Lares et Penates.

Henry Willet* once described the commonplace pottery ornaments on our mantelpieces as a ‘kind of unconscious survival of the Lares and Penates of the Ancients.’ The lares and penates were the household spirits of the ancient Romans. They were represented by small figurines and carefully kept in a special cupboard. The lars familias, the family spirit, was the most important. The penates were the spirits of the larder – they were often brought out at each meal and placed on the table. When the family moved house, their lares and penates moved with them.

I find myself intrigued by this idea; it seems to me to be as true today as it was a century or so ago. The Nelsons and Garibaldi’s of yesteryear have just been replaced by One Direction money boxes, Twin Towers memorial plaques or Barack Obama teapots.  I think I must agree with Henry Willett; the everyday pottery in our homes has as much to say about us as any ‘real art or grand design. It is important because it forms the surroundings of ordinary people, by which they identify themselves and mark the important moments of our lives.’

Last week I stood in front of a shop in Reform Street and counted ceramic Disney characters (by the score), dragons, various maidens and angels and a particularly nauseatingly twee collection of romantically themed pieces by Willowtree. My opinion is immaterial however, people buy this stuff because it means something special to them; these objects are latterday household gods and as such are treasured.

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I find these faceless figures both mawkish and menacing, but many people not only treasure them but attribute special powers to them. A cursory glance at the Willowtree website shows many gushing endorsements attesting to the powers of these figurines. Apparently they can do anything; cure a broken heart, attest to true love, even provide some consolation for the loss of a child. I was going to include some quotes from the site but have decided not to because if people find them important and comforting, it doesn’t matter that I think they are ugly, tacky and gimcrack; cashing in on the gullibility of the tasteless.

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I’m not alone in my dislike. There is a blog called “Stuff Christians Like.” (!!!!!) The author, one Jon Acuff goes rather further than I do. “when I see those “Willow Tree” figures Christians book stores sell. Those chill me to the core.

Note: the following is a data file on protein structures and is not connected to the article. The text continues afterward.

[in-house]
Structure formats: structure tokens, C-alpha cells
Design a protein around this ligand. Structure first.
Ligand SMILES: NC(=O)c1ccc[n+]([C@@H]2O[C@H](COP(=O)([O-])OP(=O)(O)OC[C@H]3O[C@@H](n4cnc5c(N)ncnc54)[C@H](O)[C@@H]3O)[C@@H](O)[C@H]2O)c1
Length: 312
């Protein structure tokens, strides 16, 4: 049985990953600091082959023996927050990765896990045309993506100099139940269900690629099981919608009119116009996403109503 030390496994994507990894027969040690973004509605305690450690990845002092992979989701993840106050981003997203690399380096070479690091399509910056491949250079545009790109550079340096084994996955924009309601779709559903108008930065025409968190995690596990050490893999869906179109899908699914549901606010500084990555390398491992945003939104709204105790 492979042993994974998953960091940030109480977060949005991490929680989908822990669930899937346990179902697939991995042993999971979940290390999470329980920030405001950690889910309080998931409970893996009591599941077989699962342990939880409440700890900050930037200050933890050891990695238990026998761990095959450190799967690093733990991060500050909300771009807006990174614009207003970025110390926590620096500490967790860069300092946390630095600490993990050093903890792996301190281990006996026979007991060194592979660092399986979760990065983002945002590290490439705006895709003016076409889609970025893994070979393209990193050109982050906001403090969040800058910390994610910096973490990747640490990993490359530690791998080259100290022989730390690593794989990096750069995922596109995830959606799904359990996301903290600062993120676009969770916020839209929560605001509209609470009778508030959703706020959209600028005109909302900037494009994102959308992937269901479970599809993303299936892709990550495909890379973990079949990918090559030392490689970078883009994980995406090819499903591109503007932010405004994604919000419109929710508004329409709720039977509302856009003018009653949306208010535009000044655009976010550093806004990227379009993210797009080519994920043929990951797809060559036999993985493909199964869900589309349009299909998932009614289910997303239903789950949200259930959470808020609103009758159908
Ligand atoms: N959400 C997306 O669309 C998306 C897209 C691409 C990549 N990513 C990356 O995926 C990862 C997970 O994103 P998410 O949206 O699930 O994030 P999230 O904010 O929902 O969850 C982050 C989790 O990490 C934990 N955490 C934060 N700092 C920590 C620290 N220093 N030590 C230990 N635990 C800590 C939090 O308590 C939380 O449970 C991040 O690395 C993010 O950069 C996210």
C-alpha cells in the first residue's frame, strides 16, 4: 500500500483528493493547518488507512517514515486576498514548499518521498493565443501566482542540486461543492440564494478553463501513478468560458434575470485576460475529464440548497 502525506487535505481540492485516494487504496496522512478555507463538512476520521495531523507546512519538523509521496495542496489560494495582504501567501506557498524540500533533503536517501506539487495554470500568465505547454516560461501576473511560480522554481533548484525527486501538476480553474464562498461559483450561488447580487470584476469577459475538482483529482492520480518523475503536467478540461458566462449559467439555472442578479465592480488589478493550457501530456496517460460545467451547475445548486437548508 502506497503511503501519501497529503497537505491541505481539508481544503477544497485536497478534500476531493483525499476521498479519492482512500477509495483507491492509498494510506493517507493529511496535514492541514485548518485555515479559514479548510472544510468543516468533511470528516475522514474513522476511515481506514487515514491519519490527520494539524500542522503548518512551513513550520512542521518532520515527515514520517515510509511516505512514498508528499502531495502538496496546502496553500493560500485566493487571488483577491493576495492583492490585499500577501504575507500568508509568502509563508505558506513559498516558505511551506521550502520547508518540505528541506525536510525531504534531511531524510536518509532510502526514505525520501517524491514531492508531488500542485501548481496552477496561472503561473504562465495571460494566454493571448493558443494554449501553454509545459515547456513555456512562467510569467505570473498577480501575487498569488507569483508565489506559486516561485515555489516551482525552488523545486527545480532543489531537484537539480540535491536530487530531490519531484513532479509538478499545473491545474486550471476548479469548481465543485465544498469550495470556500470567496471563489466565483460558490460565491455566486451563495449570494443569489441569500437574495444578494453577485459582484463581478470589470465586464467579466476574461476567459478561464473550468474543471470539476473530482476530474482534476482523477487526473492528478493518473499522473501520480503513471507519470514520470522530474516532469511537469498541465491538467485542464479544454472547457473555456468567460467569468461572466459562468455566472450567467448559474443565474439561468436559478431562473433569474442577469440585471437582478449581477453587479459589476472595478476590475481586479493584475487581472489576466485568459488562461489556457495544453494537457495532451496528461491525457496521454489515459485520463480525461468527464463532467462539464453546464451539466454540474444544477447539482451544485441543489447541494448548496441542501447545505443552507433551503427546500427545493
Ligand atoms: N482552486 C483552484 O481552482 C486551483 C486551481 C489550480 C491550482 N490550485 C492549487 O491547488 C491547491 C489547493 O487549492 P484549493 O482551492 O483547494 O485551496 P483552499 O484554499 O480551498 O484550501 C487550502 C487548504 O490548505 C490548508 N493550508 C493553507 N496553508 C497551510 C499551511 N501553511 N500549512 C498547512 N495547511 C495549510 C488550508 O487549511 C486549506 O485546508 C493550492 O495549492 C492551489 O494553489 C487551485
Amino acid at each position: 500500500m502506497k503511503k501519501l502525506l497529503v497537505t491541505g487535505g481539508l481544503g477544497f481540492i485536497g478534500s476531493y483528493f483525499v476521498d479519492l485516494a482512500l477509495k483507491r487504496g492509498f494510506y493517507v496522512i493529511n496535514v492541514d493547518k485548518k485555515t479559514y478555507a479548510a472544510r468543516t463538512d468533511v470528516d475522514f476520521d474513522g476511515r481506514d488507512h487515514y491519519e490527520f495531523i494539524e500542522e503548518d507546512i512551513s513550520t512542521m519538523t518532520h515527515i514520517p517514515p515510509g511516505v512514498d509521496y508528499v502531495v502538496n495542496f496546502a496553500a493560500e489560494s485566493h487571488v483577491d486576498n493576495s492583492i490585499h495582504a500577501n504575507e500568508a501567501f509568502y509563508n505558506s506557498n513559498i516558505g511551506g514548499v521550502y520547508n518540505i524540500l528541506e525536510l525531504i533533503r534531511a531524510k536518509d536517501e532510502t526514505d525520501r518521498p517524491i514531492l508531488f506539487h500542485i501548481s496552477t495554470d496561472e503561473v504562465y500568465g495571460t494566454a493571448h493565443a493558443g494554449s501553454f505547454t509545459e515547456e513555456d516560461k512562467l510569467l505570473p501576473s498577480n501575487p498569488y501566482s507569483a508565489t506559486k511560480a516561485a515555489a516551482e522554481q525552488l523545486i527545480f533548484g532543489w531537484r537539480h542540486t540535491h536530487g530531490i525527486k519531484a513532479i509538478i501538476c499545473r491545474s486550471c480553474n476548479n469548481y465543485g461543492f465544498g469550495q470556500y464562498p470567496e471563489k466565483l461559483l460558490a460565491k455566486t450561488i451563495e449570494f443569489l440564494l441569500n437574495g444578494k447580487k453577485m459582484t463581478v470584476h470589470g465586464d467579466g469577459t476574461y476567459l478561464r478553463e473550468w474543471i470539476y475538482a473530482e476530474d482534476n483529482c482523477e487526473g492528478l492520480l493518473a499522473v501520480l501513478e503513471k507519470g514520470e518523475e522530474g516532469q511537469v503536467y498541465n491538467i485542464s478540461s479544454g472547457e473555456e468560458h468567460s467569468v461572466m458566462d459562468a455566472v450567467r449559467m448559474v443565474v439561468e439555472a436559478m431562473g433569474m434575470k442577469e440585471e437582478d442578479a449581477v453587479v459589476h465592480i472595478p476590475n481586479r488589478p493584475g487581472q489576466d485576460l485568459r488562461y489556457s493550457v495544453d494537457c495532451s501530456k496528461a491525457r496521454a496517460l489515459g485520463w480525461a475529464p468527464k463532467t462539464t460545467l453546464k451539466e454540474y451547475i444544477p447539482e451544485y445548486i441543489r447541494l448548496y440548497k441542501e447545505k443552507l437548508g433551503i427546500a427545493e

How come they don’t have features? How come they all look like they’ve had their noses smoothed away by some serial killer called “Mr. Sandpaper?” Honestly, I know I have seen horror movies where featureless people slowly hunt you. You can run, you can run as fast as you want, but they’re still coming. They’re still chasing and they always catch you even though they just walk with a slow plodding pace.
I don’t know where Willow Tree figures came from either. It almost feels like someone said, “Hey, let’s take those Precious Moments dolls, shave off their faces and carve them out of wood. That won’t be creepy, right?”

I don’t know the dolls he’s talking about but I’m with Mr Acuff all the way about the creepiness. But I’m still interested in why people collect ornaments and what they mean in their lives. The objects we have about us have greater value than strict functional utility; they are signifiers  of beauty, status, prestige and the reasons for their presence in our homes are complex. Ornaments may be acquired as gifts or to indicate social status, they may be part of a collecting habit (of which more later), bought just because they are fashionable or even be believed to have “special powers”. And sometimes they are kept purely for sentimental reasons even though their owner doesn’t actually like them.

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Vide this rather noisome trio of Toby jugs which live on a shelf in my mother’s kitchen. I had never really looked at them until I started researching what people have in their houses. I asked my mother why she had kept such an ugly set of ornaments (I was quite surprised because they look quite grubby and she is a fanatically clean housekeeper). She replied “Sentimentality.”

My younger sister brought them home as a present when she had been at Brownie camp some fifty years ago. During the course of the camp parental visits were allowed. My sister asked for 3/- to buy ‘something’ – apparently it was these jugs which cost a grand total of 4/11d (about 25p), she had the 1/11d already saved.

You can still read the price on the base.

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My mother doesn’t like the jugs much – indeed, she does think they look a bit grubby but she will never get rid of them. They are an important (if generally unremarked  part of her personal landscape).

Lares et penates indeed.

*Henry Willett (1823-1905) was one of those indefatigable Victorian collectors. His major passion was for pottery and porcelain, often of the cheapest and most mundane nature. Willett collected ceramics in order to tell the history of the British people. There are some 2000 pieces in his collection, most of them dating from 1600-1900. He catalogued them under 23 themes which cover all aspects of British history; royal and political, military and economic, social and cultural.

 

 

 

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About pennimania

Artist, entomologist, grumbler.
This entry was posted in ceramics, Pleionexia, Uncategorized and tagged , , , , , , . Bookmark the permalink.

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